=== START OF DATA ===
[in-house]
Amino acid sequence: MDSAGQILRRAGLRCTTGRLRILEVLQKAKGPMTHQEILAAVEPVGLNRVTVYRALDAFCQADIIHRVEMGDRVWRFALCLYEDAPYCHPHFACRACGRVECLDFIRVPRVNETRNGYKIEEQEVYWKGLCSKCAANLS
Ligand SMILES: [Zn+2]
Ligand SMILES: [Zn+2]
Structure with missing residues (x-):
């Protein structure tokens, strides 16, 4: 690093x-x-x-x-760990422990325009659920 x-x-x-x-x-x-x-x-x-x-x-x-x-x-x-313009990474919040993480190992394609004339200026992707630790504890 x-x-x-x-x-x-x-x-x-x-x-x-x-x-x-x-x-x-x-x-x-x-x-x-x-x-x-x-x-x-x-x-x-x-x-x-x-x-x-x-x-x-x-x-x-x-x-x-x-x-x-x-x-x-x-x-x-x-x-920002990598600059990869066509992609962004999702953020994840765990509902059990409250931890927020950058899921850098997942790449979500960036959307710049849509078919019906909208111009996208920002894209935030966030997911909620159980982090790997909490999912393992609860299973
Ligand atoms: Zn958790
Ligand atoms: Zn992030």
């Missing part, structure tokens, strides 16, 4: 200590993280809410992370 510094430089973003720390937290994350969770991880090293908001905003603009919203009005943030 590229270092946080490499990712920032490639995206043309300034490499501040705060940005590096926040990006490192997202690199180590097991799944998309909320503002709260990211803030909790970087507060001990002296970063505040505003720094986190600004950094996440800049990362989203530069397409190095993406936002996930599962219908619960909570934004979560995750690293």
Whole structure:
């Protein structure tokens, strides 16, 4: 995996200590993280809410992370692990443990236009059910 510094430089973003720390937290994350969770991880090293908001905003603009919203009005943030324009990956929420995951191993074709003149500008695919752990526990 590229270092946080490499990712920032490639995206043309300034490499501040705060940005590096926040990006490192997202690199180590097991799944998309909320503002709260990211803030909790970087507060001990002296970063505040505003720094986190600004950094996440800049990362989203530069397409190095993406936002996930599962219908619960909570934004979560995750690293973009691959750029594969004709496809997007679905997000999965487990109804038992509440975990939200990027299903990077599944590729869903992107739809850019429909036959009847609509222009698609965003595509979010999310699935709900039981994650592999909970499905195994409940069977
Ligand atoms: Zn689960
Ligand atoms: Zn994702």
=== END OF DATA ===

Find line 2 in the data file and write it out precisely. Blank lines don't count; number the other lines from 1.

Amino acid sequence: MDSAGQILRRAGLRCTTGRLRILEVLQKAKGPMTHQEILAAVEPVGLNRVTVYRALDAFCQADIIHRVEMGDRVWRFALCLYEDAPYCHPHFACRACGRVECLDFIRVPRVNETRNGYKIEEQEVYWKGLCSKCAANLS